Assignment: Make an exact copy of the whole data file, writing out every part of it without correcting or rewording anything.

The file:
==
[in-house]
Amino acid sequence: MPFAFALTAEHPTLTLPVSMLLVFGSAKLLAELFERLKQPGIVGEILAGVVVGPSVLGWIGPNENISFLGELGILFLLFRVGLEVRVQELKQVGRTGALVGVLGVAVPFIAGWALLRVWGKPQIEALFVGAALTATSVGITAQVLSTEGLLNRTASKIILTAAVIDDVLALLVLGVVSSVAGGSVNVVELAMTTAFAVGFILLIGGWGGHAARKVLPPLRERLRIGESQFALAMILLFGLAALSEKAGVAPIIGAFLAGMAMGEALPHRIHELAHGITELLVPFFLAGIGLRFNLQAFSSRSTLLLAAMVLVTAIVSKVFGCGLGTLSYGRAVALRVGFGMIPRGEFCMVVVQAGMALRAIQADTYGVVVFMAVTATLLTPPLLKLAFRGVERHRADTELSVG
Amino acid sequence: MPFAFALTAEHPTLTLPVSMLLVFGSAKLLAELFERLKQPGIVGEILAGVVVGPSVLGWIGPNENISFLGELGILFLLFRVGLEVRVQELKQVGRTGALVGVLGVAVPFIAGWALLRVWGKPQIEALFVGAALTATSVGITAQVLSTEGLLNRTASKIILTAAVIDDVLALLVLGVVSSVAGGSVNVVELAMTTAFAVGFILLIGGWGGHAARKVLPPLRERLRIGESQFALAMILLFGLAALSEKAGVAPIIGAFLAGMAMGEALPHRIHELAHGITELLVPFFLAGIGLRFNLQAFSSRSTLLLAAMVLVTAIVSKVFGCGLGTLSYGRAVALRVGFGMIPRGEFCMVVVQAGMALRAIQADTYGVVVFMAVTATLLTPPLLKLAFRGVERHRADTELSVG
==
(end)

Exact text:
[in-house]
Amino acid sequence: MPFAFALTAEHPTLTLPVSMLLVFGSAKLLAELFERLKQPGIVGEILAGVVVGPSVLGWIGPNENISFLGELGILFLLFRVGLEVRVQELKQVGRTGALVGVLGVAVPFIAGWALLRVWGKPQIEALFVGAALTATSVGITAQVLSTEGLLNRTASKIILTAAVIDDVLALLVLGVVSSVAGGSVNVVELAMTTAFAVGFILLIGGWGGHAARKVLPPLRERLRIGESQFALAMILLFGLAALSEKAGVAPIIGAFLAGMAMGEALPHRIHELAHGITELLVPFFLAGIGLRFNLQAFSSRSTLLLAAMVLVTAIVSKVFGCGLGTLSYGRAVALRVGFGMIPRGEFCMVVVQAGMALRAIQADTYGVVVFMAVTATLLTPPLLKLAFRGVERHRADTELSVG
Amino acid sequence: MPFAFALTAEHPTLTLPVSMLLVFGSAKLLAELFERLKQPGIVGEILAGVVVGPSVLGWIGPNENISFLGELGILFLLFRVGLEVRVQELKQVGRTGALVGVLGVAVPFIAGWALLRVWGKPQIEALFVGAALTATSVGITAQVLSTEGLLNRTASKIILTAAVIDDVLALLVLGVVSSVAGGSVNVVELAMTTAFAVGFILLIGGWGGHAARKVLPPLRERLRIGESQFALAMILLFGLAALSEKAGVAPIIGAFLAGMAMGEALPHRIHELAHGITELLVPFFLAGIGLRFNLQAFSSRSTLLLAAMVLVTAIVSKVFGCGLGTLSYGRAVALRVGFGMIPRGEFCMVVVQAGMALRAIQADTYGVVVFMAVTATLLTPPLLKLAFRGVERHRADTELSVG